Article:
WEALTH & ASSET CREATION

A community’s well-being for generations to come often depends on the ability for organizations today to acquire assets like land and buildings, and pay off capital debt. This grant supports those who are engaged in tipping power through asset development and projects that promote community ownership and visibility. Grantee organizations must be based in an underserved geographic location.

 

VOTER & CIVIC ENGAGEMENT

Civic engagement is critical for battles toward equity and racial justice. This grant ensures you have the support to engage your community in the democratic process, from voter registration drives, get-out-the-vote campaigns, election protection programs, and more.

 

YOUTH & STUDENT ORGANIZING

Youth organizing helps communities act on issues now while also preparing for the future. Whether you are advocating for youth priorities, bringing young people together, or offering youth leadership development opportunities, this grant supports your work to mobilize the next generation of leaders. Inatai defines youth as up to 30 years old.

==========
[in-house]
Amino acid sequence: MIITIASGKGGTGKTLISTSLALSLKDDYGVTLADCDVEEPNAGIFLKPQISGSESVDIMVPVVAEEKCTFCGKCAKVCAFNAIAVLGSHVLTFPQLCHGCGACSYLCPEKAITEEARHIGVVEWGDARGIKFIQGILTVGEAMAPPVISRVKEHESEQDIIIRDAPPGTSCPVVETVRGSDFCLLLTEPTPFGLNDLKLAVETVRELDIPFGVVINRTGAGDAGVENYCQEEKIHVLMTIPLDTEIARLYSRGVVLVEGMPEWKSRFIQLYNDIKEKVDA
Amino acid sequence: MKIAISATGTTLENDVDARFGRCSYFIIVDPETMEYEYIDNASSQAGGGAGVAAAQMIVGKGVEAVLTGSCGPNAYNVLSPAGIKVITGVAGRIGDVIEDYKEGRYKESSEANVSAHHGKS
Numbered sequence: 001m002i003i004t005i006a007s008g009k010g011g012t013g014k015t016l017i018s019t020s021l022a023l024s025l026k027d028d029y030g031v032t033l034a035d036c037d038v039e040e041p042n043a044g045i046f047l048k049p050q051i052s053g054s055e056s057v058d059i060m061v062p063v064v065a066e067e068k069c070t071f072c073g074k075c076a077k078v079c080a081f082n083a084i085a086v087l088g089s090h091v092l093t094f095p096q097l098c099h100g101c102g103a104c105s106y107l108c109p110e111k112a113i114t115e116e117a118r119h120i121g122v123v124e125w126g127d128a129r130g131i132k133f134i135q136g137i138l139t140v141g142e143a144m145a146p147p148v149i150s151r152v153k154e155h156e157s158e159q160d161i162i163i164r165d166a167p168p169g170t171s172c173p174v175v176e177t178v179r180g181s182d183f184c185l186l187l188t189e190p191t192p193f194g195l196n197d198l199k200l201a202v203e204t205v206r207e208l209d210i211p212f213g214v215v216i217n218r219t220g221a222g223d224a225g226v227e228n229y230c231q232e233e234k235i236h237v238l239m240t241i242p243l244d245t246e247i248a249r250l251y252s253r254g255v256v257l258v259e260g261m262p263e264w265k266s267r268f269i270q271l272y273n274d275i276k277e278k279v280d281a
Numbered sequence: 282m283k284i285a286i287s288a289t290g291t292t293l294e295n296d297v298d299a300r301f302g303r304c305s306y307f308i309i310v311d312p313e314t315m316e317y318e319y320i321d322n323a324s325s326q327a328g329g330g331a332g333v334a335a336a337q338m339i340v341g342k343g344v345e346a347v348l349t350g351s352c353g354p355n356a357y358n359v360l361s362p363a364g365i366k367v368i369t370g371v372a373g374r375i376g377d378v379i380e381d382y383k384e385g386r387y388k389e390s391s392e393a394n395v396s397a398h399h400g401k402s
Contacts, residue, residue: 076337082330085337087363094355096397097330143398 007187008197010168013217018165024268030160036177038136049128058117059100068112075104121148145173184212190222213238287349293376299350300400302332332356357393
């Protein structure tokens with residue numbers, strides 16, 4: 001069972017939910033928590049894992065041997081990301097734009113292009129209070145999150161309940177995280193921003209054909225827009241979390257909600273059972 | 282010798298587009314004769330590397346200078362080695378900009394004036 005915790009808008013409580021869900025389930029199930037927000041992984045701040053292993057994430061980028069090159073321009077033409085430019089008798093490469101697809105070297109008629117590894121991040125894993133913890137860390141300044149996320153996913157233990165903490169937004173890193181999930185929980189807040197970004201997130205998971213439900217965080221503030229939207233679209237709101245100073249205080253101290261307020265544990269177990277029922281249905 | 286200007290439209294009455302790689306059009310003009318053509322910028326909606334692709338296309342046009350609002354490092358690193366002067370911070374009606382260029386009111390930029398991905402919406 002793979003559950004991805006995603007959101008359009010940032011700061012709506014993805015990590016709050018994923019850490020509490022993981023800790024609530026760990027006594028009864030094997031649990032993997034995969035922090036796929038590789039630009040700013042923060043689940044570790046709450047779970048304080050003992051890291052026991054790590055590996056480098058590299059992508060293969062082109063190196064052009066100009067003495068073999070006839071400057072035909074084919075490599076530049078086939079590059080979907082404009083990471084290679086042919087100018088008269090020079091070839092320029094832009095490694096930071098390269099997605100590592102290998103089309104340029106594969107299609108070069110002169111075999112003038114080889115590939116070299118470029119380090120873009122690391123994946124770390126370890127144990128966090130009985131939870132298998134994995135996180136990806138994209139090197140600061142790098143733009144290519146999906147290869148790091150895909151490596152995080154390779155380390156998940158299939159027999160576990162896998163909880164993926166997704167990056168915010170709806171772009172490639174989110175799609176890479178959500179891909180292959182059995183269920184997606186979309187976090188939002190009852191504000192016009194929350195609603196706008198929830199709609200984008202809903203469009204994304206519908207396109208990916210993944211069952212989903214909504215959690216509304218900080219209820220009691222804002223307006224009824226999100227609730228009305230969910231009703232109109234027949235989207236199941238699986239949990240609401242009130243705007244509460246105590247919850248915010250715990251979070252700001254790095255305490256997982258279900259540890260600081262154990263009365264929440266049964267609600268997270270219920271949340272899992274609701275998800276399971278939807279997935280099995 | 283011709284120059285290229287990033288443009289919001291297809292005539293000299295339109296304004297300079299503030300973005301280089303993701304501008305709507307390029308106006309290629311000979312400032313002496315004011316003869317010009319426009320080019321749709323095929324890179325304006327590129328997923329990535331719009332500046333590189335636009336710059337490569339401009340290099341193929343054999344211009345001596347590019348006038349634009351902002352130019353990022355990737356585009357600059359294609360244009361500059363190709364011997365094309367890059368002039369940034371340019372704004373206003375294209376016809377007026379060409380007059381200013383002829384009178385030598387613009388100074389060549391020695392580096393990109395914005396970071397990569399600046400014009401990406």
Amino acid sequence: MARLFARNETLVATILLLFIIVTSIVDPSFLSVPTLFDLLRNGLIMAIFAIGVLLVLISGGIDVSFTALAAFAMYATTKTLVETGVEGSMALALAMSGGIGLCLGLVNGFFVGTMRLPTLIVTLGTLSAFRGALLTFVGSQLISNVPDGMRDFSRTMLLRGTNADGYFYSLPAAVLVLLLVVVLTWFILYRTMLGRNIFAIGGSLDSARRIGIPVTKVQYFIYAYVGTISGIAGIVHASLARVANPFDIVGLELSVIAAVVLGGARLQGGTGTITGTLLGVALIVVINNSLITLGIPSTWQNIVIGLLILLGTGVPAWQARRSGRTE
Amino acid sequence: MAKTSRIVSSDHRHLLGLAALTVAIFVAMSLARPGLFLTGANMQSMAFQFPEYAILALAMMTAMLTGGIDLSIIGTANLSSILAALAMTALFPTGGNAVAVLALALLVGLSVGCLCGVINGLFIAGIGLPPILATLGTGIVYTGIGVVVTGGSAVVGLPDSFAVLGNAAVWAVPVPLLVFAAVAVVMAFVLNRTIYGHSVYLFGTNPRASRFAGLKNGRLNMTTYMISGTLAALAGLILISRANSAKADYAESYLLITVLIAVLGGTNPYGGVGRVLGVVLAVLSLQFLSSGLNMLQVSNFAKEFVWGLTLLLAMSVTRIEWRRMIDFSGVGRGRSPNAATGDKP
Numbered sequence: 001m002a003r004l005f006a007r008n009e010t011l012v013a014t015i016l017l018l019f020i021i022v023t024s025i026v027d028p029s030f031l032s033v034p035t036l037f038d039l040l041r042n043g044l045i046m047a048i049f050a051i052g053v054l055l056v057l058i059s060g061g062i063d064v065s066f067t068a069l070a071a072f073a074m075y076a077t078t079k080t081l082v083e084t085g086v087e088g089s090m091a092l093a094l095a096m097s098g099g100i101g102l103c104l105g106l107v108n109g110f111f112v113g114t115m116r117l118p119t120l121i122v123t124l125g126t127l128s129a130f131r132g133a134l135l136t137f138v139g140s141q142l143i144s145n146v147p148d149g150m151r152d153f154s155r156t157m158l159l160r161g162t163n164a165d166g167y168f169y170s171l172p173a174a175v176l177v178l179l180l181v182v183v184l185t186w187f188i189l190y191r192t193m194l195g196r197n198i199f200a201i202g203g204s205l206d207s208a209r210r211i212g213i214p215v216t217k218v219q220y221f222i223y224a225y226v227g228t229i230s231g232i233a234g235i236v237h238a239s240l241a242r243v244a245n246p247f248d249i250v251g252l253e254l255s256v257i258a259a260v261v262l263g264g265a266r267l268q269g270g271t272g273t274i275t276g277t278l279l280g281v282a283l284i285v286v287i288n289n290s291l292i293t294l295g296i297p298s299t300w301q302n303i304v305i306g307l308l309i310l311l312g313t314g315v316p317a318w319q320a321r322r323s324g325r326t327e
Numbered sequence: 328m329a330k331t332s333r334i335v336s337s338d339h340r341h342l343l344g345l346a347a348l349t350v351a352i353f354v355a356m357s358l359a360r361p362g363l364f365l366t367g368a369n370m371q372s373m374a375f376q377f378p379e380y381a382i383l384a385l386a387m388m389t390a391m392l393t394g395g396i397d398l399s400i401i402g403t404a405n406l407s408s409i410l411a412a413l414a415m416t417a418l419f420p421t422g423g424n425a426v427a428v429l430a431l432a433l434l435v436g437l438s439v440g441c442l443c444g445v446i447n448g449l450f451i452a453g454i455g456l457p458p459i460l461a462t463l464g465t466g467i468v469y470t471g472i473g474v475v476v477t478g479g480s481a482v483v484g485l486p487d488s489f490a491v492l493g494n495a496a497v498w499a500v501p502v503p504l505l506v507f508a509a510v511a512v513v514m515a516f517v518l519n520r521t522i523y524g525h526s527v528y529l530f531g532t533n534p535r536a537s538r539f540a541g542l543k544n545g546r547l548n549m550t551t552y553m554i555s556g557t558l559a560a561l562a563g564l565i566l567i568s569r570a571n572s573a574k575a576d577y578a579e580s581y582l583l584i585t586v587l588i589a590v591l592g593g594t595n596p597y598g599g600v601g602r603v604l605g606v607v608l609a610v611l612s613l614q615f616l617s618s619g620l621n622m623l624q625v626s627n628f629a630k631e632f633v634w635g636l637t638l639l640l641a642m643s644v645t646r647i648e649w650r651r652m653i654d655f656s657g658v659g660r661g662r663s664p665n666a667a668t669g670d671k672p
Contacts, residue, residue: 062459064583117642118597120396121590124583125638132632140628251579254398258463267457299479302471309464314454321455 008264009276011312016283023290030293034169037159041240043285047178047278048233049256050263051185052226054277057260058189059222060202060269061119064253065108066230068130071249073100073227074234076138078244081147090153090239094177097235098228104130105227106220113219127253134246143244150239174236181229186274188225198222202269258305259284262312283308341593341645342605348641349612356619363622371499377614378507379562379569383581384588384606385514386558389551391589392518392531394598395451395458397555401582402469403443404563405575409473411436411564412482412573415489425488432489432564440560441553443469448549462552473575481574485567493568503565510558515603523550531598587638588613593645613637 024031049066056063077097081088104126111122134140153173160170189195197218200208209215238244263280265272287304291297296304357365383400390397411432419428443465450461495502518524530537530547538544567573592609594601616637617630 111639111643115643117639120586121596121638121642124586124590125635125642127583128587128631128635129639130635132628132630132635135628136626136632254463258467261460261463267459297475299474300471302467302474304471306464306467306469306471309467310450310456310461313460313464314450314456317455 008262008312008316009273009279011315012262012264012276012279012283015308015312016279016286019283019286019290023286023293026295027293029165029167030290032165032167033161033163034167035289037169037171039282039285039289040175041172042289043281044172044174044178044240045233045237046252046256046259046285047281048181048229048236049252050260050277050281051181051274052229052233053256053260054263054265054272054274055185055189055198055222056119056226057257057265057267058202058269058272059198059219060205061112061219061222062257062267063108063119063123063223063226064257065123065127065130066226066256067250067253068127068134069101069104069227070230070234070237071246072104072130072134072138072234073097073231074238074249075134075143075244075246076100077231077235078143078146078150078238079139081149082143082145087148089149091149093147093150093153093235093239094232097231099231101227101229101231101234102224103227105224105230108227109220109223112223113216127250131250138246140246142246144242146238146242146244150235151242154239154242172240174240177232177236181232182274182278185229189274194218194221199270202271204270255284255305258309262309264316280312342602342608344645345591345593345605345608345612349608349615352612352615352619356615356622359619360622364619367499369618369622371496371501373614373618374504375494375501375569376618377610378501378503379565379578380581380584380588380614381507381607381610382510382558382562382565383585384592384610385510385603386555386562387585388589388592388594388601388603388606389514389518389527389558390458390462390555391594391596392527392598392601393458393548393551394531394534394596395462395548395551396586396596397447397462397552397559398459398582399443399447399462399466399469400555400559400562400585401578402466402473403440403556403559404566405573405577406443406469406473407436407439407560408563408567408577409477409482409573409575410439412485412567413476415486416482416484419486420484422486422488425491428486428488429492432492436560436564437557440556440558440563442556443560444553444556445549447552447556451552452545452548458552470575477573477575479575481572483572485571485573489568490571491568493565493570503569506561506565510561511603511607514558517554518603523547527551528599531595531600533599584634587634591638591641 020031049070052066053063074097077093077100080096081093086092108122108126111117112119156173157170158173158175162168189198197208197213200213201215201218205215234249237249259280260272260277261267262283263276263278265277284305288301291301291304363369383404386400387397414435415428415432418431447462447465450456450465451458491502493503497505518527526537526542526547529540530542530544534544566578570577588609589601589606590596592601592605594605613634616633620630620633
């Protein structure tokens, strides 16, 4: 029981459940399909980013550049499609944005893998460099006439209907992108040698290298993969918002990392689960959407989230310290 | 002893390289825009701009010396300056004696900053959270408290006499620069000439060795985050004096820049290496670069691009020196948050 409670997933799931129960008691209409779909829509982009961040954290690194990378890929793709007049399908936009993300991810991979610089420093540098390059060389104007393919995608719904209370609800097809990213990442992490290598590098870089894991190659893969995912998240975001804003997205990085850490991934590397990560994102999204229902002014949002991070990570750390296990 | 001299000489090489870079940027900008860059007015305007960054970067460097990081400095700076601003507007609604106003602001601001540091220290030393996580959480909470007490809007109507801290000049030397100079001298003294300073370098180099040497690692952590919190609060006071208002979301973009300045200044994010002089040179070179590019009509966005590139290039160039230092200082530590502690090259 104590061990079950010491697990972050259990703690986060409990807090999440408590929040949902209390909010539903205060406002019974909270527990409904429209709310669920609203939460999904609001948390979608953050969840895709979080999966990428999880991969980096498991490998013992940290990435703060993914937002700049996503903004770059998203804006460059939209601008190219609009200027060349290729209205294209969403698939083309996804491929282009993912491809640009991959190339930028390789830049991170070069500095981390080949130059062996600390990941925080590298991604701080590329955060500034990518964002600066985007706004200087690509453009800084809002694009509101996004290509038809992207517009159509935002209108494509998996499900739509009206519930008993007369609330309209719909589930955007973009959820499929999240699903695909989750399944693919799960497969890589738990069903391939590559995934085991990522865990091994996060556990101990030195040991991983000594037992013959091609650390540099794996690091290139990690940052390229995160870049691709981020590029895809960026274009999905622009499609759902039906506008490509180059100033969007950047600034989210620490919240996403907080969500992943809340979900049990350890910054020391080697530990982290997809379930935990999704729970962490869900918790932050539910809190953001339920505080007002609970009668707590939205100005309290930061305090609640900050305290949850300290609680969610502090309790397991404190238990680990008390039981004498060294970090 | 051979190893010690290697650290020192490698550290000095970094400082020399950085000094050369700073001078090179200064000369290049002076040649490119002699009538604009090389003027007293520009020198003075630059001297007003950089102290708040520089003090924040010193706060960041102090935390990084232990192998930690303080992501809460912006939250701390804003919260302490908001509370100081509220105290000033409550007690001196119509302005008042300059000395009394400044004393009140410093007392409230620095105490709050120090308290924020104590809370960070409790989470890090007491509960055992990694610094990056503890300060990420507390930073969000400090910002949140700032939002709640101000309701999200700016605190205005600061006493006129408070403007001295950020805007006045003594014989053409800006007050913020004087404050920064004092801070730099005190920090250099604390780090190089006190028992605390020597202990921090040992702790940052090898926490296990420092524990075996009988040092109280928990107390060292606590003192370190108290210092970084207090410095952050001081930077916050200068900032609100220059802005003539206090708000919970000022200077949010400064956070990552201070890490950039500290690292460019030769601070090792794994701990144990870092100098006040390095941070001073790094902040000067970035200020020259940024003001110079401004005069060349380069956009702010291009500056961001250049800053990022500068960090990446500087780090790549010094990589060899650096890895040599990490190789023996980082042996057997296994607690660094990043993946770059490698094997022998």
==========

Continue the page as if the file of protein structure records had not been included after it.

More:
To be Eligible, organizations must be

  • A current Inatai grant recipient. 
  • A nonprofit organization or a named sponsored nonprofit organization project.
  • Led by communities most impacted by structural inequities, including efforts where decision-making power is held by people of color; queer, transgender, and gender-expansive people; D/deaf and disabled people; immigrants; people who are cash poor, and other lived experiences.
  • Demonstrate a clear power-building goal regardless of where you are in the journey.
A person with a beard wearing glasses and a long-sleeved green shirt with a pencil in hand ready to take notes while looking attentively.

A community leader takes notes at an Inatai convening in Leavenworth. Photo: Uly Curry

A person with long black hair and glasses resting on their head paying focused at a meeting.